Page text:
Richard Hutton, formerly the vice president of media development at Vulcan Productions and an award-winning documentary filmmaker, has been appointed executive director of the Carsey-Wolf Center at UC Santa Barbara.
Named for Emmy Award-winning television producers Marcy Carsey and Dick Wolf in recognition of their generous support, the center brings together UCSB faculty members and scholars from film and media studies and communication –– as well as other departments in the arts, humanities, and sciences –– to teach and conduct research on all forms of mass media from a variety of cultural, historical, and social perspectives.
"We are very fortunate that Richard has agreed to helm the Carsey-Wolf Center," Marcy Carsey and Dick Wolf said in a joint statement. "We all share the same vision, and his unique experience in the business sector and as a filmmaker makes him our ideal partner. We are looking forward to working with Richard and the UCSB team in nurturing this important new venture."
According to Hutton, the center "is not just a series of buildings, but a big idea." He noted that its primary purpose is to advance a rigorous liberal arts education and do so through the lens of film, television, and other media. "A hundred years ago, media had a minor impact on how we got information. Now, the media is an essential factor, a crucial filter. Receiving a liberal arts education without understanding media's influence can leave you uninformed," he said.
The center also serves as a bridge between the university and industry by focusing scholarly efforts on issues specific to the media industries as a whole. "Film, television, Internet, all new media are working hard to understand what business models will drive them in the 21st century," Hutton continued. "And the kinds of research and analyses that are undertaken at UC Santa Barbara can offer valuable insight into that process."
A physical component of the Carsey-Wolf Center is the Pollock Theater, a new state-of-the art venue provides space for year-round programming of a diverse array of films and filmmakers. Named for Joseph and Helene Pollock, the 298-seat theater is the heart of the center, Hutton noted, serving as a classroom by day and a public theater at night where students, industry leaders, and members of the community may gather.
"Thanks to the support of our donors, we have been able to hire a distinguished professional with extensive experience in bridging the worlds of media and scholarship," said David Marshall, dean of UCSB's Division of Humanities and Fine Arts and executive dean of the College of Letters & Science "Working with co-directors Constance Penley and Ron Rice, he will help the center implement its research, educational, and public programs and realize the potential of its vision."
Said Ronald Rice, the Arthur N. Rupe Chair in the Social Effects of Mass Communication and co-director of the Carsey-Wolf Center: "This is the perfect time for Richard Hutton to be joining the Carsey-Wolf Center, and UCSB. With the new Pollock Theater, the Media Industries Project, the Environmental Media Initiative, and the internship program all rapidly expanding through grants, resources from our deans, and generous donor support, Richard brings tremendous management experience, media expertise, industry connections, and vision to lead us forward."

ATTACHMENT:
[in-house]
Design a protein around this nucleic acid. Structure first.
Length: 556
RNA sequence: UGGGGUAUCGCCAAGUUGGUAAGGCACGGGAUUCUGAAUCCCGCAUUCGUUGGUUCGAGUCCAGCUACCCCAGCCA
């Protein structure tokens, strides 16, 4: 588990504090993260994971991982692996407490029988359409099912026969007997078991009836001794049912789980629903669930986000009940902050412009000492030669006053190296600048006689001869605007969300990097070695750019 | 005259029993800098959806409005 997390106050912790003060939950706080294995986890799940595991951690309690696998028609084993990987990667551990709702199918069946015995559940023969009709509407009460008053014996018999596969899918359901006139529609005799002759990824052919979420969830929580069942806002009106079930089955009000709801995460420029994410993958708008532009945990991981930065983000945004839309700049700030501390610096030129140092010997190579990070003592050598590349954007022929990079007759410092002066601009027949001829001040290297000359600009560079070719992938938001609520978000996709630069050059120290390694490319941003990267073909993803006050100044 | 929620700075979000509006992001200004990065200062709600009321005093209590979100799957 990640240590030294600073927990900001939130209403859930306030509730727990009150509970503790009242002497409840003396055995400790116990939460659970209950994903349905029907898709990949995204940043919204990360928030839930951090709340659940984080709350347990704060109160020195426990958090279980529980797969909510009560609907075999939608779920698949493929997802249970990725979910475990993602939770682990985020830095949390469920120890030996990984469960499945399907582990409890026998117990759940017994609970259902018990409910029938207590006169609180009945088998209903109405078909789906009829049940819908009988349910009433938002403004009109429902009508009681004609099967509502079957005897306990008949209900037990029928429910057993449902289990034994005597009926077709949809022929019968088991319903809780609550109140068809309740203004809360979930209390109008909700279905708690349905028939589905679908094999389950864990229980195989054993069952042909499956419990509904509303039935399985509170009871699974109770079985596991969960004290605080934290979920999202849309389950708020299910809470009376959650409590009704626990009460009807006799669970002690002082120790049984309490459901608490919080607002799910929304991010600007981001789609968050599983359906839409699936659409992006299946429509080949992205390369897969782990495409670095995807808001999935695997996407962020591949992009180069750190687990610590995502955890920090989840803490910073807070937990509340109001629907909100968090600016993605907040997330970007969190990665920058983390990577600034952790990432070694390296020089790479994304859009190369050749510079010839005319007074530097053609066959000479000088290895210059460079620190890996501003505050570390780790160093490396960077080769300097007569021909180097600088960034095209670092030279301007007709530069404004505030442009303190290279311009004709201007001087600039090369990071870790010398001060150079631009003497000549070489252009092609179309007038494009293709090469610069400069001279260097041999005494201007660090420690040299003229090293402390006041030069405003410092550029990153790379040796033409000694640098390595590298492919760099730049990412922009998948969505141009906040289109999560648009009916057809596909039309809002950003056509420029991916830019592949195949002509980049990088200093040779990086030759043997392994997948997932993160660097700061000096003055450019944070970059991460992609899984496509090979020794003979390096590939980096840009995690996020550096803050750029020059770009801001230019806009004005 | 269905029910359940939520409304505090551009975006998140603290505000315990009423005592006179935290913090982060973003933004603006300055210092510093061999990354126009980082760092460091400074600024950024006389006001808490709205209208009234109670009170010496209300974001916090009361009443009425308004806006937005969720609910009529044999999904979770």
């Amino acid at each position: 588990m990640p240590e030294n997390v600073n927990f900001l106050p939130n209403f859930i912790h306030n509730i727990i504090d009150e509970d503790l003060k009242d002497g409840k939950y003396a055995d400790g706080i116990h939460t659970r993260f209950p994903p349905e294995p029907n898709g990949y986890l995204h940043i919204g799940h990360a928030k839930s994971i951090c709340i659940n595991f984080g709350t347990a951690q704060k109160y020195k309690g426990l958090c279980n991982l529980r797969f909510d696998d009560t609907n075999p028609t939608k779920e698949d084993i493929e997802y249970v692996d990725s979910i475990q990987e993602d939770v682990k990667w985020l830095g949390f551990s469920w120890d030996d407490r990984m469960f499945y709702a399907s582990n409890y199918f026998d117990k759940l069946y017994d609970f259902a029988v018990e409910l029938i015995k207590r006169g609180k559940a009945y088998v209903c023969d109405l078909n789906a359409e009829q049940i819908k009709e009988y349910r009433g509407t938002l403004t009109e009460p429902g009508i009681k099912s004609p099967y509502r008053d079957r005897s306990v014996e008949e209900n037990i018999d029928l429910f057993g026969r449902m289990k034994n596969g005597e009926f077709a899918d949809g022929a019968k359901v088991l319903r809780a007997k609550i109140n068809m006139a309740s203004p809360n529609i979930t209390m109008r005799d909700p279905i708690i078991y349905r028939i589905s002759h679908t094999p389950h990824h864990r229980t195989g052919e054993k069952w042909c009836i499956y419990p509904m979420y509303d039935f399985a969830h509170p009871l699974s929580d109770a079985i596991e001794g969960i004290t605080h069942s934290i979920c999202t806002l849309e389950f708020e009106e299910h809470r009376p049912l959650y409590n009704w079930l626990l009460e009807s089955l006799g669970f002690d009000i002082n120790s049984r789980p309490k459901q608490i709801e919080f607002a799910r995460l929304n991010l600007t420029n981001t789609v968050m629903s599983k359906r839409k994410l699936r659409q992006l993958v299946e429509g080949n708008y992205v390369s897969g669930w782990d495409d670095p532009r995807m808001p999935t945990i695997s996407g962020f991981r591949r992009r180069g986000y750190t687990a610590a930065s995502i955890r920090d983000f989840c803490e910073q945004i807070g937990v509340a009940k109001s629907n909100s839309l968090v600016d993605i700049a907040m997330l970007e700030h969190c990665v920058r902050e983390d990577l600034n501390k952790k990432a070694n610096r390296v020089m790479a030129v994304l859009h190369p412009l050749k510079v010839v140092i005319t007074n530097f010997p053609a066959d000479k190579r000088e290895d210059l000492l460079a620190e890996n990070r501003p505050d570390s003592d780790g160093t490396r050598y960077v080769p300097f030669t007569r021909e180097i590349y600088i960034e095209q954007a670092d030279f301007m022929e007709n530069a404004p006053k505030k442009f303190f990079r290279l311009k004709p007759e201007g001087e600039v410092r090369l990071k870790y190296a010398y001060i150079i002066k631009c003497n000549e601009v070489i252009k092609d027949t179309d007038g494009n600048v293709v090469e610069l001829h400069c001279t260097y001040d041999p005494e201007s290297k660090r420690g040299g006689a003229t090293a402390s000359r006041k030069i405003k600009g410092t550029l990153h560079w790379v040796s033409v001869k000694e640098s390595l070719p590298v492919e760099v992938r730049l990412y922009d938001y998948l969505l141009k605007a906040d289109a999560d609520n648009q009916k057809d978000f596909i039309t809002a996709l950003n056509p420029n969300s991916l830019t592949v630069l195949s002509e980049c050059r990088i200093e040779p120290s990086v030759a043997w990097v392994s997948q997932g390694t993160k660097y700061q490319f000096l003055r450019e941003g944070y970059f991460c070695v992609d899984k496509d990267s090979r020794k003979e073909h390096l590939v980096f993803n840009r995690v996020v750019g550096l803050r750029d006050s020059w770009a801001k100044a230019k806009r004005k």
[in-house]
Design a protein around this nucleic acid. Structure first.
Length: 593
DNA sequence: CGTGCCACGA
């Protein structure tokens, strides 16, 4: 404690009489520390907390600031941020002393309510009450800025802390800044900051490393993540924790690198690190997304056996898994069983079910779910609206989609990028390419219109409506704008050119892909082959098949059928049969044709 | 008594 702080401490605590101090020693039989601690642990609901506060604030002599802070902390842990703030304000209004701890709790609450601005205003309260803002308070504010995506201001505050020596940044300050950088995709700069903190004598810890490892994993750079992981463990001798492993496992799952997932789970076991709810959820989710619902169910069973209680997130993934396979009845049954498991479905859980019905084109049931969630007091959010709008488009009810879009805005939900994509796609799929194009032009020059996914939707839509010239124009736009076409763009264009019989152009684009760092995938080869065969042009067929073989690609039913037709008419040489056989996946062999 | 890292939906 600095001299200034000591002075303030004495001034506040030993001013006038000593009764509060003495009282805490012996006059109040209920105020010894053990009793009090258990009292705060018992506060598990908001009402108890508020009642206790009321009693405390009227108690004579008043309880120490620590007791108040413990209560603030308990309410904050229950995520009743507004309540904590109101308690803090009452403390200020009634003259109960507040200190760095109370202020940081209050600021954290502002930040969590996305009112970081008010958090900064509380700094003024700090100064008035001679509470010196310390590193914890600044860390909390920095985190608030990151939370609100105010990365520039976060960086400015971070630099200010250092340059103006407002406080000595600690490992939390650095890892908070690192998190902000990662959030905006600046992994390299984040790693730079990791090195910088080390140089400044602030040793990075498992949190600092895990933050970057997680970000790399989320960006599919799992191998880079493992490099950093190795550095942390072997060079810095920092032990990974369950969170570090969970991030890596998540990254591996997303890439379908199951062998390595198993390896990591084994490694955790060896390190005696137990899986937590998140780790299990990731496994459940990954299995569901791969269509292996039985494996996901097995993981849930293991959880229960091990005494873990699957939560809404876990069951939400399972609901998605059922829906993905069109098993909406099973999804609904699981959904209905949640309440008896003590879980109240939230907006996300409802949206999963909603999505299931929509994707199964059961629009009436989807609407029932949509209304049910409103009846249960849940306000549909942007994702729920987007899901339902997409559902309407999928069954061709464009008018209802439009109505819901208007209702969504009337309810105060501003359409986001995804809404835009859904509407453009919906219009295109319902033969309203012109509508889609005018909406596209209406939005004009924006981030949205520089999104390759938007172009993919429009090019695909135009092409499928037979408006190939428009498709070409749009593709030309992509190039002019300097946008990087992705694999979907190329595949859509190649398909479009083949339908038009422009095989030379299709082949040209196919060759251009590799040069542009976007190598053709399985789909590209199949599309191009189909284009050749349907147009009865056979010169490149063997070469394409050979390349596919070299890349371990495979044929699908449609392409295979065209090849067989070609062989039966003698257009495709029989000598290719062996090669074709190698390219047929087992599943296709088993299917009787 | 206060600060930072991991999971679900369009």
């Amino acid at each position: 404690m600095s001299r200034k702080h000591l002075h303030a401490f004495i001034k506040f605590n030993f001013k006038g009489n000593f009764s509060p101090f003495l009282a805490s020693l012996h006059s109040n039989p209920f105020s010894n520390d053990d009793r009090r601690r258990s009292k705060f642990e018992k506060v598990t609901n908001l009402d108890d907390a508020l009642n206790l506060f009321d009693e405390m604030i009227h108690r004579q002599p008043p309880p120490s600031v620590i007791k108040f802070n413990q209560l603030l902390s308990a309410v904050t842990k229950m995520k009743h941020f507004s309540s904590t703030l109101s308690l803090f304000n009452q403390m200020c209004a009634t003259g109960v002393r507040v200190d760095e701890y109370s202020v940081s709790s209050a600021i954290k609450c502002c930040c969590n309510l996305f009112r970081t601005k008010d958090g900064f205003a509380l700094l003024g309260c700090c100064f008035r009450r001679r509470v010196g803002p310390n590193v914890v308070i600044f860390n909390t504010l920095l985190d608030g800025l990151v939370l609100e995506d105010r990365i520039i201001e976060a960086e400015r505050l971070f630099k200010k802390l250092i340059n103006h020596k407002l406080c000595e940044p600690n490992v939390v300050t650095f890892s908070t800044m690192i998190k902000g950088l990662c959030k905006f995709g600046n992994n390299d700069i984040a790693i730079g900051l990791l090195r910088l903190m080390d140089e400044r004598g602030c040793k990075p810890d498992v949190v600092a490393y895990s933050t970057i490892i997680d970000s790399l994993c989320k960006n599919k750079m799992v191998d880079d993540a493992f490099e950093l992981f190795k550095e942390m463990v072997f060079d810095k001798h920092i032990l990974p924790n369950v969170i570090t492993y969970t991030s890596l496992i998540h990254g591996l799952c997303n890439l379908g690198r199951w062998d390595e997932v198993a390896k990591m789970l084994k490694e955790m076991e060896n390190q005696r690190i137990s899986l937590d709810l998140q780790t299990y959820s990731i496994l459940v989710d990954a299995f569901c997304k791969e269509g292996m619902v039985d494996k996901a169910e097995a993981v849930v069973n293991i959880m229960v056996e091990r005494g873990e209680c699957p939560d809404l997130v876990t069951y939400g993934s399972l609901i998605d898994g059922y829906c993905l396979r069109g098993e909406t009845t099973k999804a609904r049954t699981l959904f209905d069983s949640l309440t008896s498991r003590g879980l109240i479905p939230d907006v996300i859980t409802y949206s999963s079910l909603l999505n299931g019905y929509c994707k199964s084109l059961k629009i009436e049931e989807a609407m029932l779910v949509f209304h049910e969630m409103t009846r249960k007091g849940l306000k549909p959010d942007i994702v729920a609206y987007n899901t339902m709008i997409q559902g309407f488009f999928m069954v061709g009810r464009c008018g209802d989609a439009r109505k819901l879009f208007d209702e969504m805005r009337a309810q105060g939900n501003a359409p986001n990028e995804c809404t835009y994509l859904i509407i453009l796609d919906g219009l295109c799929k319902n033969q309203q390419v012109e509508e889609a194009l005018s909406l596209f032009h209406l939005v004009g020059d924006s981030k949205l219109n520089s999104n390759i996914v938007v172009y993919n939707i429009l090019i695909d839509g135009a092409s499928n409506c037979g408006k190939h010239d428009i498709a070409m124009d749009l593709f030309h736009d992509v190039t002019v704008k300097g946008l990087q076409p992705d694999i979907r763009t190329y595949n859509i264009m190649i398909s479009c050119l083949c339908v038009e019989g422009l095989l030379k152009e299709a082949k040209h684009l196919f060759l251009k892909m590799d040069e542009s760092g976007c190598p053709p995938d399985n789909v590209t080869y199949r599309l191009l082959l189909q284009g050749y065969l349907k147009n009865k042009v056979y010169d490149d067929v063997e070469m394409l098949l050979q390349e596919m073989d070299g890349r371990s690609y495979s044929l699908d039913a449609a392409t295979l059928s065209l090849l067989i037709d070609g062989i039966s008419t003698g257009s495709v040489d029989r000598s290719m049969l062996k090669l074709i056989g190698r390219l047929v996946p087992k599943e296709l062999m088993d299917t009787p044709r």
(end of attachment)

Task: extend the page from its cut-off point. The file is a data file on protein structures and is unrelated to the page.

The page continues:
Added Constance Penley, professor of film and media studies and the center's other co-director: "As a noted science writer, awarded documentary and feature producer, and former Disney Imagineer, Richard Hutton has the perfect set of talents and experience to help us realize the vision of the Carsey-Wolf Center. After all the hard work so many of us on campus have put into building the center, it is exhilarating to have Richard here to take us to new heights in teaching, research, and public programming."
As director of Vulcan Inc.'s media development projects, Hutton produced or co-produced a wide range of shows for PBS, including the documentaries "This Emotional Life," a three-part series that explores the nature of human social relationships; "Judgment Day: Intelligent Design on Trial," a two-hour program for Nova that chronicles the latest battle in the war over evolution; "Strange Days on Planet Earth," a four-part series on the environment; the Emmy Award-winning "Rx for Survival," a six-part series on global health; the Peabody and Grammy Award-winning "No Direction Home: Bob Dylan"; and the Emmy and Grammy Award-winning "Martin Scorsese Presents The Blues."
Hutton was also the executive producer of the critically acclaimed, Emmy-nominated PBS series "Evolution"; the Peabody Award-winning "Black Sky: The Race for Space"; and the blues concert film "Lightning in a Bottle." Among the feature films produced or co-produced under his direction are the Humanitas Prize winner "Where God Left His Shoes," which stars John Leguizamo; the critically acclaimed "Hard Candy" and "Bickford Schmeckler's Cool Ideas"; and "Far From Heaven," which received the Independent Spirit Award for Best Picture.
Prior to joining Vulcan, Hutton was senior vice president of creative development at Walt Disney Imagineering, and served as vice president and general manager of the Disney Institute.